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  12. Glad you said that about full scale, Nicki, because the photo doesn't really capture the painting. I photographed it with oblique sunlight to highlight the texture, but scale is an essential part of the viewing. It's seeing the swirl and movement fill your field of view in a large expanse of paint that makes it a monumental work rather than just a simple, boring image. Thanks.

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  13. I imagine standing in front of this painting would be like standing at the precipace before vertigo takes you over into the water, swirling, moving, rushing - you've captured that beautifully, Harry, and congrats on the show and the sale :) Always nice to see those red dots meaning a sale has been made.

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  14. Congratulations on your painting and its sale, Harry.
    Regards from FNQ!

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  15. Thanks, Rhonda. Though you mentioning vertigo reminds me of how i had to hang onto the easel to steady myself as i worked. Maybe some of that creeped into the work .

    And yes, red dots are nice and of course i'm pleased. But it's not why you and i paint, and it is not the measure of the merits of the work. I have a second landscape in the same exhibition (will get a blog post up about it shortly) and in many ways i think it may be a more successful painting. But there you go.

    Great to see your lovely ravens up in exhibition too!

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  16. Thanks Richard. I enjoyed discovering yours in the room next door too.

    Don't know if anyone told you, but the judges mentioned you and your "Cold Tea, Chestnut" by name and commended both at the awards ceremony.

    And FNQ to you too! LOL. Though i am wondering how you are coping with the heat and humidity after your cool Riverside garden.

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  17. Thanks Harry. I received a text update and I phoned David Lake to congratulate him on his win.
    It's quite warm up here, but the humidity isn't that high and Val and I are coping well. I'm on my second drawing since our arrival as I intend to enter a major exhibition up here early next month.

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  18. Really terrific painting, bold and strong! Are you feeling like that now? Hope so. I really like to see the size of the work hanging in the gallery. A real eye catcher - it just had to sell. Congratulations!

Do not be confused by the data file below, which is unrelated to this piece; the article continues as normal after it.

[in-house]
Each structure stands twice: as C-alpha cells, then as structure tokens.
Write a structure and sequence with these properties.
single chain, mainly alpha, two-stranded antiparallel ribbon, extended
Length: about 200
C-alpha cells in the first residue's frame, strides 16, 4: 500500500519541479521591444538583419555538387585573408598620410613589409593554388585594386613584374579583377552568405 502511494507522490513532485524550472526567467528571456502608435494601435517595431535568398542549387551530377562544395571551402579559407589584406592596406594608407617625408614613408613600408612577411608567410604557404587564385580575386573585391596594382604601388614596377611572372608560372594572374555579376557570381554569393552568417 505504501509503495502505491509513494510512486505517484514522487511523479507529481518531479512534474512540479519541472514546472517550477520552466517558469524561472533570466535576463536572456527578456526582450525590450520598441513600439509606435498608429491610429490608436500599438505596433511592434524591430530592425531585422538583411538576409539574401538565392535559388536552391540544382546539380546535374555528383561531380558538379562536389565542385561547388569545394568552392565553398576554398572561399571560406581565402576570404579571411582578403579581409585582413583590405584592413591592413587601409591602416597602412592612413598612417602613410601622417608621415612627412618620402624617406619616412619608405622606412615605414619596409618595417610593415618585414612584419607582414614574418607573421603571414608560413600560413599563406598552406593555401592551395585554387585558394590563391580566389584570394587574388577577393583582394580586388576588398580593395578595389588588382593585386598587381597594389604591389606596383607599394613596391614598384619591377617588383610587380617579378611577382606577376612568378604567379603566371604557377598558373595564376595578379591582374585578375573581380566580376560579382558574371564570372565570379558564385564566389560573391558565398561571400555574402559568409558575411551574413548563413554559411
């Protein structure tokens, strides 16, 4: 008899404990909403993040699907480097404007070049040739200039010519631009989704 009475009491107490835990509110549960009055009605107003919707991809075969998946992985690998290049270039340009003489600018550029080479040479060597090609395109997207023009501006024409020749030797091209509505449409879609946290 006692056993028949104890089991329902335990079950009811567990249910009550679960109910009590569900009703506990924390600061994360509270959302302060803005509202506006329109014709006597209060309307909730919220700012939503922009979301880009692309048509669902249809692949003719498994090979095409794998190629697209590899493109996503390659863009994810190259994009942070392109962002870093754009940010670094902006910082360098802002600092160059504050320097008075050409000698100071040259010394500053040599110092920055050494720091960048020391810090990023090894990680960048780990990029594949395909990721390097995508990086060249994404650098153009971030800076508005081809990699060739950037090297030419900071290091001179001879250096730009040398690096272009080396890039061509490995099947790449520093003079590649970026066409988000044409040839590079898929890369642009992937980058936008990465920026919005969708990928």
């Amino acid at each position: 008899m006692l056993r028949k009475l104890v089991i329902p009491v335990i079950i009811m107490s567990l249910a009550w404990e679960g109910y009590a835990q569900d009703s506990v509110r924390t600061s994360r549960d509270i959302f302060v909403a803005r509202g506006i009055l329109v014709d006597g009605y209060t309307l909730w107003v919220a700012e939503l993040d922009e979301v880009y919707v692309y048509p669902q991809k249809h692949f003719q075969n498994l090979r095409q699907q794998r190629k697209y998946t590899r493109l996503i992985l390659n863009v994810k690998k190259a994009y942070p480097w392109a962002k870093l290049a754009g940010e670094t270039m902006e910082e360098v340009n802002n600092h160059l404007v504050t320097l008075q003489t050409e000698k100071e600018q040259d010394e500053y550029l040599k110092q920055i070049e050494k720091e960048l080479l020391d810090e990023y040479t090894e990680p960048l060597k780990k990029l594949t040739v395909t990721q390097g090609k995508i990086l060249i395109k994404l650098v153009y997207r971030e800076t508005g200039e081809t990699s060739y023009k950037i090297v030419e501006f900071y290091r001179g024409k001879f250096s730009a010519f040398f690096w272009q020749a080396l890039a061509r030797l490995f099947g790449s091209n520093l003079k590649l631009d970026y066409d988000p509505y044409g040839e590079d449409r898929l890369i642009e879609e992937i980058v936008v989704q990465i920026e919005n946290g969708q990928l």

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  19. Harry, you are right - it's not the red dots that make us paint but something inside that has to come out in a certain way - almost an obsession and sometimes a wicked master :)

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  20. Harry,

    This is what makes me happy - a beautiful work in a grand setting, and better yet, a red dot! Well done, my friend!

    I love the texture, the size, the composition and the title of this piece. I come from a state where white water rafting is a big sport, and I can look at this and feel the spray of the water and the cragginess of the rocks. Excellent!

    All the best to you,
    Brian

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  21. Harry, I don't know what moved me more - this beautiful forceful painting or your equally expressive description of its background history and aesthetic genesis! Very interesting what you said about engaging a landscape temporarily displacing the portrait side of your work...I think working in various subjects and media can be so enriching. But one has to have a vast imagination and flexible talent to sustain such variety. Thank you for being proof positive!

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  22. Thanks, Carolann. Yes, the painting was nicely placed by the curators. Unforntunately, my other one is stuck in a far corner, which is a pity because it needs a long approach. But i'm lucky to even get a good billing with this one, so can't complain.

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  23. Thanks Brian for your enthusiasm. Occasionally they run an extreme kayaking events and held the 1992 the World Cup Slalom here in the Gorge. Exhilarating.

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  24. Thanks Gabriella, youre so nice about what i do when really it's just what i do. Your own writing is so fine, engaging, celebrating all that is human, that your kind words have extra value for me. Ta.

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  25. much better the second photo ( a different view of the hall ) : the problem in Australia , is what they will hung next to your painting .....
    nice painting !
    ciaooo